The reason network marketing is getting so much more popular is because it’s not only providing people a way to earn an income; it’s providing the flexibility that traditional jobs just can’t.

NO. 4

Most people think …

Pyramid structures are inherently bad.

The truth is …

Schell: Most (business structures) are a pyramid, with somebody at the top. When network marketing came out many years ago, there was a different structure than there is now. We’re no longer a (pyramid) as much as we are a circle. I’m in the middle of that circle, and my team surrounds me. And they have their own circle, and they can grow that circle as big as they want.

With a pyramid, it gives the illusion that somebody can’t make more or can’t out-title (a person above them). In network marketing now, that can happen. Pyramid schemes are technically illegal; there are laws in place. That’s what I get asked about the most, but companies can’t do that anymore.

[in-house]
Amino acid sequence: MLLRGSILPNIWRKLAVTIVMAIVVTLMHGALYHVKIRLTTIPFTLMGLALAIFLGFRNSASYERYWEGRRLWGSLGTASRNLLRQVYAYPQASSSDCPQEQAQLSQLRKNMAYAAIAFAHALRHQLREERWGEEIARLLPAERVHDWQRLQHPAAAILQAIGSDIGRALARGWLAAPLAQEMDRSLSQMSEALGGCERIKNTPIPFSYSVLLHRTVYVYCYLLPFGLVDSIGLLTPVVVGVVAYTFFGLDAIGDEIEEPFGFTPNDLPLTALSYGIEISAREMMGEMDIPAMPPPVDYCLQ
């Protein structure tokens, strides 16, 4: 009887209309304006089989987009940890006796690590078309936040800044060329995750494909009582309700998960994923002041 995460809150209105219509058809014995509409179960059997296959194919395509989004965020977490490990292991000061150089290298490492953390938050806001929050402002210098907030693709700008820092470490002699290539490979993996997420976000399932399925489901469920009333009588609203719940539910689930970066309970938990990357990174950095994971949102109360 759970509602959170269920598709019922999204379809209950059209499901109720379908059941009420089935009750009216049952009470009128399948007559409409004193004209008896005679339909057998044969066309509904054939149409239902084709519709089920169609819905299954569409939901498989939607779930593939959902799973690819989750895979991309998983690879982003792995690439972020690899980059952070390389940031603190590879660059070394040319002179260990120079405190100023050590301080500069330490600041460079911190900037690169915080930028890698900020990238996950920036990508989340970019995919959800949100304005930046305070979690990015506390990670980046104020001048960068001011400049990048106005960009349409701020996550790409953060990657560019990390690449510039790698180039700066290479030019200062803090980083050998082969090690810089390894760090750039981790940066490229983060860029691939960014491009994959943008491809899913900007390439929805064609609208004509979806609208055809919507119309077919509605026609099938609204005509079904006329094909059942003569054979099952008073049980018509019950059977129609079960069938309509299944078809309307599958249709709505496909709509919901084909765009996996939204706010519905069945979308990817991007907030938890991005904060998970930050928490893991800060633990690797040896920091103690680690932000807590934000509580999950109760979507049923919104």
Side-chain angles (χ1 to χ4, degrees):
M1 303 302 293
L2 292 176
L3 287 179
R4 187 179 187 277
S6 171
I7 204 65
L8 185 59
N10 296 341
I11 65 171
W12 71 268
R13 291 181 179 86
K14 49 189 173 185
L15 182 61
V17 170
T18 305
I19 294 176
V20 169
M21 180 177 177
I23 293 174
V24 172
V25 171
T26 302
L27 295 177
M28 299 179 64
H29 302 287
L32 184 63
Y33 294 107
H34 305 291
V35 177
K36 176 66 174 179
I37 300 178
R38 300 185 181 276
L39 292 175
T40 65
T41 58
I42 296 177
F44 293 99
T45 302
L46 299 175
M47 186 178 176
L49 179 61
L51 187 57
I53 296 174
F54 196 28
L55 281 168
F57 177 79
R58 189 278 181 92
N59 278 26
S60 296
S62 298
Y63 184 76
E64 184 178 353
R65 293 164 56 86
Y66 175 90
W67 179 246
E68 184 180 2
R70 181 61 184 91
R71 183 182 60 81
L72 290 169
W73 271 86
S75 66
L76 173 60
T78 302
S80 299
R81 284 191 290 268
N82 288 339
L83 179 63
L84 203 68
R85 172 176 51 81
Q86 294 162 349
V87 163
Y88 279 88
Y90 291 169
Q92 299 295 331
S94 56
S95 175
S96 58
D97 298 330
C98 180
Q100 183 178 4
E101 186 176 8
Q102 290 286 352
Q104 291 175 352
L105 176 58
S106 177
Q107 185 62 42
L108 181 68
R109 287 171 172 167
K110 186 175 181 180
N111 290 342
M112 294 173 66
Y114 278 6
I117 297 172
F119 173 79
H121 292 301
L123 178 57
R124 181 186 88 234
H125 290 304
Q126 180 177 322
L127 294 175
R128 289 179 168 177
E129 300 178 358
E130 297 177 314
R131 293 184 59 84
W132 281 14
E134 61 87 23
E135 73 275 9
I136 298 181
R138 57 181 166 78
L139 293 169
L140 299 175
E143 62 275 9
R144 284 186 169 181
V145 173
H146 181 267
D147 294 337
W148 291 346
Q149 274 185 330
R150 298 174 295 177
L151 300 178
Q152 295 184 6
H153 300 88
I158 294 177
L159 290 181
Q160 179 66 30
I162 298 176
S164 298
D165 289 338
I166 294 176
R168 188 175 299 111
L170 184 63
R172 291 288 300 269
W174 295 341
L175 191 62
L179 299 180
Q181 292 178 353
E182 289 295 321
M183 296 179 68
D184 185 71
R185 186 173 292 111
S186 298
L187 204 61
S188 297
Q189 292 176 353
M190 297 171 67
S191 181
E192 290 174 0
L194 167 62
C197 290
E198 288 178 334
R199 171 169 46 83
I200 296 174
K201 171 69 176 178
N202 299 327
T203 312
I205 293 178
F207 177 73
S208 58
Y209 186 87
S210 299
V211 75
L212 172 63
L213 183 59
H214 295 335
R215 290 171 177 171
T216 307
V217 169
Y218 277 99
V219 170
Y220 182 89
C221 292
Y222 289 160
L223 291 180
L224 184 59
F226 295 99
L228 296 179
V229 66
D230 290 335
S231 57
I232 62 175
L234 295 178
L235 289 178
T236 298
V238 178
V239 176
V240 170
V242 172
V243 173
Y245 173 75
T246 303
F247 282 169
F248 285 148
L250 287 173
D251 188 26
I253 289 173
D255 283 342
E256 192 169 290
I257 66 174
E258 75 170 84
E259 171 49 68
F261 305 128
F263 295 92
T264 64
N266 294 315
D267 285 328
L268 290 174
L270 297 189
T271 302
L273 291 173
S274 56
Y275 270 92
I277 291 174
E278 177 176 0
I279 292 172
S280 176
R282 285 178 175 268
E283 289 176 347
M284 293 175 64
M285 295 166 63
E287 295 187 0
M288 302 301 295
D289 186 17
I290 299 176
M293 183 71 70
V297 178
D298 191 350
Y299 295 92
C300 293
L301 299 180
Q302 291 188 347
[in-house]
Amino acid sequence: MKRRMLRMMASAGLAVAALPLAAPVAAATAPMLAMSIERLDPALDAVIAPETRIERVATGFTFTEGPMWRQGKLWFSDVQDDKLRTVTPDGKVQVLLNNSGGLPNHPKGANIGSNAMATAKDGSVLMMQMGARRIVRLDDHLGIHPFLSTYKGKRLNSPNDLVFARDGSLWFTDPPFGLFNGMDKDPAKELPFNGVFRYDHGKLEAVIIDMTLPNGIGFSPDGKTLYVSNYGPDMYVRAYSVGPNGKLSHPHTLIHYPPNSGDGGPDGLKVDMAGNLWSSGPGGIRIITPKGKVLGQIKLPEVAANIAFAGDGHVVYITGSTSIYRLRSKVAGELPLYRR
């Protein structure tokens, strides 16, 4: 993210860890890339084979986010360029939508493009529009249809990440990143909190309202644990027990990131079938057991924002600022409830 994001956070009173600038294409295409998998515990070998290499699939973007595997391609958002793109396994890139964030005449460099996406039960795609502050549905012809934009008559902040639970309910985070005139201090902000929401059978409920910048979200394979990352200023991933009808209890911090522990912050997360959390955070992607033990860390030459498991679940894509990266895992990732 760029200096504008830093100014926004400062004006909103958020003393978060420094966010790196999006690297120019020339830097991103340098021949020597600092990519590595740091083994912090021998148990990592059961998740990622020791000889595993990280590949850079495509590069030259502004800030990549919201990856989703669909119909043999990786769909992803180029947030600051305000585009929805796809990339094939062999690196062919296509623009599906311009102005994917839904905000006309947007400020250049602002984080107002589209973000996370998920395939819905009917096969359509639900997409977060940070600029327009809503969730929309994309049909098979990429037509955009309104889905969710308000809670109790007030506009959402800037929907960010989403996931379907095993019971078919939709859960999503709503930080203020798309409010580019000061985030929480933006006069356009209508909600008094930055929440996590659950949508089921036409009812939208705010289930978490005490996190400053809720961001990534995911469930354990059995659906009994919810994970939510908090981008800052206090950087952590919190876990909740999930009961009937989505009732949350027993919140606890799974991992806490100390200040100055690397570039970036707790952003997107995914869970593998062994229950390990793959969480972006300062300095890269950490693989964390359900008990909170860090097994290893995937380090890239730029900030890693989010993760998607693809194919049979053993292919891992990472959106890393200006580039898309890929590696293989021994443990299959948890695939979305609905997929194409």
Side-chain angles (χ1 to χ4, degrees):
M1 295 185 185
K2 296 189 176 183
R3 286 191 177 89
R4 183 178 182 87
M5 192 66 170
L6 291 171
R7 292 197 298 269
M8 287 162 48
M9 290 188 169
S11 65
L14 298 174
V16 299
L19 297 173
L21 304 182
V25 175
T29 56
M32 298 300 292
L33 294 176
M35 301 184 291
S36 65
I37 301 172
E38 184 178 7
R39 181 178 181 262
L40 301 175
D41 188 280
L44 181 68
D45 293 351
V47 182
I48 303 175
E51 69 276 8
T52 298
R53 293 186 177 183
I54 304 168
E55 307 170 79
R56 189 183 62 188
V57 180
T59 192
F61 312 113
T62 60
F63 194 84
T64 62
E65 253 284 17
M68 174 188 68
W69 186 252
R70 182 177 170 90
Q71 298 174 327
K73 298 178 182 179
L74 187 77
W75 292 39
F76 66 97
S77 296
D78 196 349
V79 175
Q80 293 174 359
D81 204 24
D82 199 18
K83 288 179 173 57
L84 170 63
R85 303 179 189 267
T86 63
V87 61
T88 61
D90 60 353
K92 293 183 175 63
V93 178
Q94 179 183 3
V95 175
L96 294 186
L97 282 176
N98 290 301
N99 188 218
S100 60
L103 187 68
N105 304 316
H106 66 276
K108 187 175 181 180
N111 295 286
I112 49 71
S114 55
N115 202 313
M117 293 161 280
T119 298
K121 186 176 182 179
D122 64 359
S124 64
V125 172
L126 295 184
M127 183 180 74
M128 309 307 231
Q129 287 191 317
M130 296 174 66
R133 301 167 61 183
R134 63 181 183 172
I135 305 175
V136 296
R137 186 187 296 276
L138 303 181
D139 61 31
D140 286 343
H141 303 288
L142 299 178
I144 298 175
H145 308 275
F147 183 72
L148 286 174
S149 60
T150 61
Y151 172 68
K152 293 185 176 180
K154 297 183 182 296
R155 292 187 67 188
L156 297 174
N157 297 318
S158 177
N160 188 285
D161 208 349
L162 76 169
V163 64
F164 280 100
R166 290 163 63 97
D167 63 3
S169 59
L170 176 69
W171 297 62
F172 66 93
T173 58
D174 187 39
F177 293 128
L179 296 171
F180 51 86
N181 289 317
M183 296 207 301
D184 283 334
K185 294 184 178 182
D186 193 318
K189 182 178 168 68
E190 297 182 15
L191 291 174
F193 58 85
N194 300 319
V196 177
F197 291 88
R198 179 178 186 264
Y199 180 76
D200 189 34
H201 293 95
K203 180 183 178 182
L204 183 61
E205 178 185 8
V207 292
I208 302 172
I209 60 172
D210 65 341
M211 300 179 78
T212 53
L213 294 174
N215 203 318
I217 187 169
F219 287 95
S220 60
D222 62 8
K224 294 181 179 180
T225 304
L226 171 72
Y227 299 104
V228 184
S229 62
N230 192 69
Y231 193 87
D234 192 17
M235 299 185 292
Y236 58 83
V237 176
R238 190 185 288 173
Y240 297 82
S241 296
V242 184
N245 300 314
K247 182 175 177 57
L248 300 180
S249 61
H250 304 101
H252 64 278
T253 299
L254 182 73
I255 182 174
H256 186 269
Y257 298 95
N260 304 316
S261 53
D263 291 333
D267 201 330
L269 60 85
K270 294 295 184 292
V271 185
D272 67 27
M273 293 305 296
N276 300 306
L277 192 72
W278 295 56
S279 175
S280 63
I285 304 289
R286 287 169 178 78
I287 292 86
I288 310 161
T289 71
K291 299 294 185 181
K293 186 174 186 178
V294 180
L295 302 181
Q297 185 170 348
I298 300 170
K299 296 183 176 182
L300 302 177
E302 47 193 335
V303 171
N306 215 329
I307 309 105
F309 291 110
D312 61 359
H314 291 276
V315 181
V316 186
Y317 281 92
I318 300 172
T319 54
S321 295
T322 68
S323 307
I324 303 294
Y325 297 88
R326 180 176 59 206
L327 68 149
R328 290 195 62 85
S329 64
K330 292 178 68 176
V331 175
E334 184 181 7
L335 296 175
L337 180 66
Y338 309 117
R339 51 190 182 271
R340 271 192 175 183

“Pyramid schemes are technically illegal; there are laws in place.”

Suess: In network marketing, nobody benefits from just signing up person after person. Success lies in: Somebody comes into your business, you link arms in the circle and everybody grows in strength. That’s where the unity and the success comes, not from, “Who’s next? Who’s next? Who’s next?” It’s when you bring someone in, and they see the definition of the success they want. Then, they feel good, and they help somebody.


Most people think …

You need a large network of people to get started.

The truth is ...

Suess: I didn’t even build my business or team with anybody local. I went through social media, talking with people who were like me and had the same interests.

Schell: I was kind of the opposite. I was a little worried that my network wasn’t huge. I didn’t have the thousands of Facebook friends that other people had, so I did kind of start with my more tight-knight group, and I shared stuff with them.